I'd tried the A-199 before, but wasn't taken by it: I guess I was looking for reverb, when I should have been listening to the effect for what it was. While on a recent hiking holiday, I came across an old, rusted gate. Because of its age and construction, opening and closing it generated wonderful, resonant/ reverberated sounds. I 'played' this gate for a full five minutes and spent the rest of the walk thinking about how one might recreate its sound. The A-199's time had come.

Today's Patch of the Day features a Cwejman RES-4, the A-199 and Metasonix R54 in the feedback path:

The one criticism that's leveled at the A-199 is its tendency to hum, but, keeping the module far enough away from the PSU and the springs outside the case, I haven't noticed this to be too bad. I'm also happy with the sound of the stock Belton tank, but if you want to change it, consult this spring reverb wiki compiled by Tim Stinchcombe for a suitable replacement.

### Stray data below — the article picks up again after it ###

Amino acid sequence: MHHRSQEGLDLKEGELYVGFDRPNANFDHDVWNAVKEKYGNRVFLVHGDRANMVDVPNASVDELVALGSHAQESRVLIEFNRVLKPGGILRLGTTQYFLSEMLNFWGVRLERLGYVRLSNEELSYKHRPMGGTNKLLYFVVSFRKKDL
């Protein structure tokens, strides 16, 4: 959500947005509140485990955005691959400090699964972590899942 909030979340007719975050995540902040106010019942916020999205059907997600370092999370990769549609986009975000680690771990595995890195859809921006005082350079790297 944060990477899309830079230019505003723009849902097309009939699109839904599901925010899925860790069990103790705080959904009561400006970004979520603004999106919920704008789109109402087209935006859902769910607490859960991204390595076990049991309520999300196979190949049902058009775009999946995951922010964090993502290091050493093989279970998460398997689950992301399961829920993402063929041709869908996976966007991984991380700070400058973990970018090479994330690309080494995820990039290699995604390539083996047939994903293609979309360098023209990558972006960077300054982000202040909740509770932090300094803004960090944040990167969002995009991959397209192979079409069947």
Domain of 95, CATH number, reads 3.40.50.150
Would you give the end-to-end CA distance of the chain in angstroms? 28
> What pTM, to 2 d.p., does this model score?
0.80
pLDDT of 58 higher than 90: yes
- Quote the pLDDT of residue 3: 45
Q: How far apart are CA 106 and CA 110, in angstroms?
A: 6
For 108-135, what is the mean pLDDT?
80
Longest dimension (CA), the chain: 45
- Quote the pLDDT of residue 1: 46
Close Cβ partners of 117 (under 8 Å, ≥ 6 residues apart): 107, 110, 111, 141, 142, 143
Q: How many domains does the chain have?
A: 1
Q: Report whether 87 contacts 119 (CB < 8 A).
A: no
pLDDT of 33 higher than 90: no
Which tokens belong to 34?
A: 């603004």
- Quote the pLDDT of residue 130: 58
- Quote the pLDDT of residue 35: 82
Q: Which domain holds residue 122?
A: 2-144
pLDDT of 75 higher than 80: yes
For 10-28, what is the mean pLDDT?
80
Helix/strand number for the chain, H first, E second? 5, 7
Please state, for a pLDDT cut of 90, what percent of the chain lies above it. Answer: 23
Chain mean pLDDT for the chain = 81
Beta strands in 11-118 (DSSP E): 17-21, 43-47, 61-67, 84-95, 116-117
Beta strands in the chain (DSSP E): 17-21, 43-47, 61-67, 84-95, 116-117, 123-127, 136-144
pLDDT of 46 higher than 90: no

The A-199 is a lot of fun. It can add simple ambience to sounds or be patched as a special effect. This module was the missing element in my system, adding space, colour and character - spring reverbs and modular synths seem to be made for each other.

Thursday, 9 June 2011

New Neulant van Exel Cases

Spotted at Schneidersladen. Cases come in a choice of colours and wood. PSU is a Tiptop Audio Zeus. Prices TBC, but could be around €1100 for the large (18U) and €800 for the small (9U) versions.

You might remember Neulant van Exel's portable case, the Klangformer.

Tuesday, 7 June 2011

Server Update

Turns out my server is not down: the domain was allowed to expire and my content deleted.

I'm looking into a solution for my audio files, either on a new server or at Bandcamp. In the meantime, I'll start migrating my pictures to Google's Picassa.

I don't know whether edited posts are re-sent to subscribers or followers, but don't be surprised if you get a slew of old posts in your inbox!

This situation was caused by mis-communication which was out of my hands. Having to re-upload three years' worth of content is a royal PITA, but there is a positive side. It has served as a wake-up call and allows me to reorganize the blog to ensure this doesn't happen again.

Wednesday, 1 June 2011

Pinch and a Punch for the 1st of the Month

My server is down and, with it, most of my content.

Hopefully back up soon!